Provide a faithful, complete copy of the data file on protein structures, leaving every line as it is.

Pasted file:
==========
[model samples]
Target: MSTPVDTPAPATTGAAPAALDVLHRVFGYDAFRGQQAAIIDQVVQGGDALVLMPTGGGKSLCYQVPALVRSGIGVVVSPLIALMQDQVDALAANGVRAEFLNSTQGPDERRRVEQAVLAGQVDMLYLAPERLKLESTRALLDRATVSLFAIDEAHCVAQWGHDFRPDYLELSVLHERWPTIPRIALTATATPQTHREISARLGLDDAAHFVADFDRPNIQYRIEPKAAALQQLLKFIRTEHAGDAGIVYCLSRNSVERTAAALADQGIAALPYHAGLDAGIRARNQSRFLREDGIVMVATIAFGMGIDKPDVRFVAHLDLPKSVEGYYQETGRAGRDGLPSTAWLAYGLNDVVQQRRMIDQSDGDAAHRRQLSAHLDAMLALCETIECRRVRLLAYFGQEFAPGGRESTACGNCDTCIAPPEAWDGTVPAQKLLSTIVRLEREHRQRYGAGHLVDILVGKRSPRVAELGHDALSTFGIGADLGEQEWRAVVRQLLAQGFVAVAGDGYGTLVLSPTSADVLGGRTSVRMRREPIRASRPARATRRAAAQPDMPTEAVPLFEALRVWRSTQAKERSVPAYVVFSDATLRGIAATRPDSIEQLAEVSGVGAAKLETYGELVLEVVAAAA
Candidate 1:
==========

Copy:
[model samples]
Target: MSTPVDTPAPATTGAAPAALDVLHRVFGYDAFRGQQAAIIDQVVQGGDALVLMPTGGGKSLCYQVPALVRSGIGVVVSPLIALMQDQVDALAANGVRAEFLNSTQGPDERRRVEQAVLAGQVDMLYLAPERLKLESTRALLDRATVSLFAIDEAHCVAQWGHDFRPDYLELSVLHERWPTIPRIALTATATPQTHREISARLGLDDAAHFVADFDRPNIQYRIEPKAAALQQLLKFIRTEHAGDAGIVYCLSRNSVERTAAALADQGIAALPYHAGLDAGIRARNQSRFLREDGIVMVATIAFGMGIDKPDVRFVAHLDLPKSVEGYYQETGRAGRDGLPSTAWLAYGLNDVVQQRRMIDQSDGDAAHRRQLSAHLDAMLALCETIECRRVRLLAYFGQEFAPGGRESTACGNCDTCIAPPEAWDGTVPAQKLLSTIVRLEREHRQRYGAGHLVDILVGKRSPRVAELGHDALSTFGIGADLGEQEWRAVVRQLLAQGFVAVAGDGYGTLVLSPTSADVLGGRTSVRMRREPIRASRPARATRRAAAQPDMPTEAVPLFEALRVWRSTQAKERSVPAYVVFSDATLRGIAATRPDSIEQLAEVSGVGAAKLETYGELVLEVVAAAA
Candidate 1: